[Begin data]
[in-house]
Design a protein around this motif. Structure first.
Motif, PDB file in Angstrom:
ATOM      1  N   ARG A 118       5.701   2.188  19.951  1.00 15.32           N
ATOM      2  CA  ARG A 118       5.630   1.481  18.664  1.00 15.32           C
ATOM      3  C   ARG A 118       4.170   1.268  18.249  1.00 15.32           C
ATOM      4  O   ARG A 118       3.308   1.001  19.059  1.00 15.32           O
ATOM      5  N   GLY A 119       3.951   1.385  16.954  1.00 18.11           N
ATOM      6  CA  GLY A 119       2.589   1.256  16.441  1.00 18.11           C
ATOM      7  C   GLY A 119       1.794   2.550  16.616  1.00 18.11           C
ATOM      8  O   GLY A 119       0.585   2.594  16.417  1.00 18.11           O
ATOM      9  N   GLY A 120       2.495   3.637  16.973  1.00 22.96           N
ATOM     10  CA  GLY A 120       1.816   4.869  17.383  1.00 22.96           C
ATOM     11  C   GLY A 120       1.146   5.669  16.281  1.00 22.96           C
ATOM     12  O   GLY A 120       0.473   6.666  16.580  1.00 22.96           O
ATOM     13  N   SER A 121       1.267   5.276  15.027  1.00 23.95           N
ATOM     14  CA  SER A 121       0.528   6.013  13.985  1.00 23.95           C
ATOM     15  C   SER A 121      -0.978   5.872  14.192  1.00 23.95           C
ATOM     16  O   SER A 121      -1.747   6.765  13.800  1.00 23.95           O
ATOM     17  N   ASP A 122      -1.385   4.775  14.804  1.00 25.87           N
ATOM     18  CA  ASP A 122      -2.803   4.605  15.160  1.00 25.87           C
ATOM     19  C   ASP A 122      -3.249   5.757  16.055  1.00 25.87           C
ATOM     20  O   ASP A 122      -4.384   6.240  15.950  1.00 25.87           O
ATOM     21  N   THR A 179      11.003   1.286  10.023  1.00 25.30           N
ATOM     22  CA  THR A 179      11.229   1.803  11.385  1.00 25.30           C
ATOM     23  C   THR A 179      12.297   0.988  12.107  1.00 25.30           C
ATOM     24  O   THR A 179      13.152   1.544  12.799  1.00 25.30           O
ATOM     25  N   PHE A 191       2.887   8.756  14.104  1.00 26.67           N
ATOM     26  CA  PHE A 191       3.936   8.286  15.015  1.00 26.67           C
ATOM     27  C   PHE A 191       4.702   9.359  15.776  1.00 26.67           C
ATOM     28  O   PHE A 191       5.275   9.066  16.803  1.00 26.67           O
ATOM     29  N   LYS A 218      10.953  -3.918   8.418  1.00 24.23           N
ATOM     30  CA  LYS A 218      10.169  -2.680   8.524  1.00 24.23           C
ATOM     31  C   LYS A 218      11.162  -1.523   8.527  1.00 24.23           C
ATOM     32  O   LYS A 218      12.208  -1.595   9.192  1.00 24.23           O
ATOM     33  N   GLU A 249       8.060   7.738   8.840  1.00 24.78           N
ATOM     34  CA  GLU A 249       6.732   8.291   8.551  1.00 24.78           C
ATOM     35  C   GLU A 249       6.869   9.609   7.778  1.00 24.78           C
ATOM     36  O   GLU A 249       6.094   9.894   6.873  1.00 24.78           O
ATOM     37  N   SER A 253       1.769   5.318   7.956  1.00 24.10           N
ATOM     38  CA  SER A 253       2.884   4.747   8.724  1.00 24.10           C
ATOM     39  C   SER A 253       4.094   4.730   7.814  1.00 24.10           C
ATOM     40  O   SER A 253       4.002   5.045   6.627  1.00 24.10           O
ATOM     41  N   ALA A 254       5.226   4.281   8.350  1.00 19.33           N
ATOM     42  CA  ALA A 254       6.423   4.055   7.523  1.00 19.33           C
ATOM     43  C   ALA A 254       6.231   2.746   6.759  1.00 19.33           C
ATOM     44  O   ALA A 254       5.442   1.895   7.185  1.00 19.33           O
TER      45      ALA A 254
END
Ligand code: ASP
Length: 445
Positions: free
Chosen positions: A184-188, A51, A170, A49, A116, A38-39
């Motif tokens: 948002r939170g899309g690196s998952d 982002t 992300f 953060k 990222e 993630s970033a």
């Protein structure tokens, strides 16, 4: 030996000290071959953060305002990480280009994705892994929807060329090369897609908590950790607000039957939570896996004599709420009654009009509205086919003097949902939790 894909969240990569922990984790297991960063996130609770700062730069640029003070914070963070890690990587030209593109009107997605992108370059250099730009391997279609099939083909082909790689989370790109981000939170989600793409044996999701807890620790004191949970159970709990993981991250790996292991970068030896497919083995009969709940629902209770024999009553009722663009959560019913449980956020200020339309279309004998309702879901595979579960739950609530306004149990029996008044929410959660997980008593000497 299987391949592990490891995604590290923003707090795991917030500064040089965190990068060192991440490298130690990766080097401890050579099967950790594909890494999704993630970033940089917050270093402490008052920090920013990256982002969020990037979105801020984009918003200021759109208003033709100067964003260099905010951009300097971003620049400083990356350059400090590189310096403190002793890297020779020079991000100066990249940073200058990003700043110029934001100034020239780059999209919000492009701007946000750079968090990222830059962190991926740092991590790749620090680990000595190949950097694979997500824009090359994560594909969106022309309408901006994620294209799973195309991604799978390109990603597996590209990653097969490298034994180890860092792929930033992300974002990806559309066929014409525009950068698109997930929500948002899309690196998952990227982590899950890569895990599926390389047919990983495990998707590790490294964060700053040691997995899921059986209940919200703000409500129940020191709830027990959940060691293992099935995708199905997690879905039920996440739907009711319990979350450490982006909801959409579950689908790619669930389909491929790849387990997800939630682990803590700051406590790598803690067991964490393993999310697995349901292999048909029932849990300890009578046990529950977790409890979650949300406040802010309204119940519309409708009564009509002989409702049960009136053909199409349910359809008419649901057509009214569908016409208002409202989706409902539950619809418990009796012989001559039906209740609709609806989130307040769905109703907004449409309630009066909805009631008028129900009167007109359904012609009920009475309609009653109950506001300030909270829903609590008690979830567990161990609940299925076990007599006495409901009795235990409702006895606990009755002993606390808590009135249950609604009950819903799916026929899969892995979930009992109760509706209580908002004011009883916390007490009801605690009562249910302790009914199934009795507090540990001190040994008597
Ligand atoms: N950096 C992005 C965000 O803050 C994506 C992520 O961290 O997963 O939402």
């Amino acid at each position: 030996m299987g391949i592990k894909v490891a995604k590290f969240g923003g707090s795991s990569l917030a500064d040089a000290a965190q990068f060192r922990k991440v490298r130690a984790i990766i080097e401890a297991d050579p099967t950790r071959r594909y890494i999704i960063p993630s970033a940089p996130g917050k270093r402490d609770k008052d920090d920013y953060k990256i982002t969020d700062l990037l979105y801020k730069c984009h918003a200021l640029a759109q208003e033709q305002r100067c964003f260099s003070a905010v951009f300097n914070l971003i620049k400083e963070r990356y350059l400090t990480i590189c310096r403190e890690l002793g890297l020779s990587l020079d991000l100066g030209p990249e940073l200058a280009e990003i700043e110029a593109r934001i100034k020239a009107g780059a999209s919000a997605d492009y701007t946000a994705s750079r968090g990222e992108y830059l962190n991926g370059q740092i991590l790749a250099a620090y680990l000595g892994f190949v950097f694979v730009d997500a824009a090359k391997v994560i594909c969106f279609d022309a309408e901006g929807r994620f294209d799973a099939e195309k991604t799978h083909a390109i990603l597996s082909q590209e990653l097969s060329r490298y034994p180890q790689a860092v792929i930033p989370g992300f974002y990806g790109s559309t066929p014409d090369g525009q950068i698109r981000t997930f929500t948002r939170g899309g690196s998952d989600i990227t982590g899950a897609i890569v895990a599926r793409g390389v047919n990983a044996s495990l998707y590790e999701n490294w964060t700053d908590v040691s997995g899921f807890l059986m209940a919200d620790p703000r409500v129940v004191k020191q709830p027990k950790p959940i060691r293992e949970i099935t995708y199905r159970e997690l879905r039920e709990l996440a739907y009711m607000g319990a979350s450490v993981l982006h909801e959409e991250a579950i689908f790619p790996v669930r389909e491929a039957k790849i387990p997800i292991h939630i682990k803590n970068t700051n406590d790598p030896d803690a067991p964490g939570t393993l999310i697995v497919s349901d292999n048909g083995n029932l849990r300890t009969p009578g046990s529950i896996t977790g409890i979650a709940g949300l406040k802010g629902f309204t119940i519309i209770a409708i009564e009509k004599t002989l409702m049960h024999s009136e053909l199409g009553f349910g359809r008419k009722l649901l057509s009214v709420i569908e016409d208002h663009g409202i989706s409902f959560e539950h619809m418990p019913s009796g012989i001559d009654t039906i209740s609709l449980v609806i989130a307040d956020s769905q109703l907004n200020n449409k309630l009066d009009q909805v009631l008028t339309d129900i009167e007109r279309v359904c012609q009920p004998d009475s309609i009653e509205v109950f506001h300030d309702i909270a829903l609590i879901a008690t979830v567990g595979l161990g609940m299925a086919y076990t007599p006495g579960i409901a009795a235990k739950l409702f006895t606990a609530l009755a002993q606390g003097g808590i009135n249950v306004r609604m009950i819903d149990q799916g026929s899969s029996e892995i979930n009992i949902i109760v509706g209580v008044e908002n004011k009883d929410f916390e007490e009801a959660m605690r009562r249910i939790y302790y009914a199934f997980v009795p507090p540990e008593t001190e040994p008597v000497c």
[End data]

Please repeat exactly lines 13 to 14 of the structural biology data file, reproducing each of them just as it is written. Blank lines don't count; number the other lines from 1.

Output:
ATOM     10  CA  GLY A 120       1.816   4.869  17.383  1.00 22.96           C
ATOM     11  C   GLY A 120       1.146   5.669  16.281  1.00 22.96           C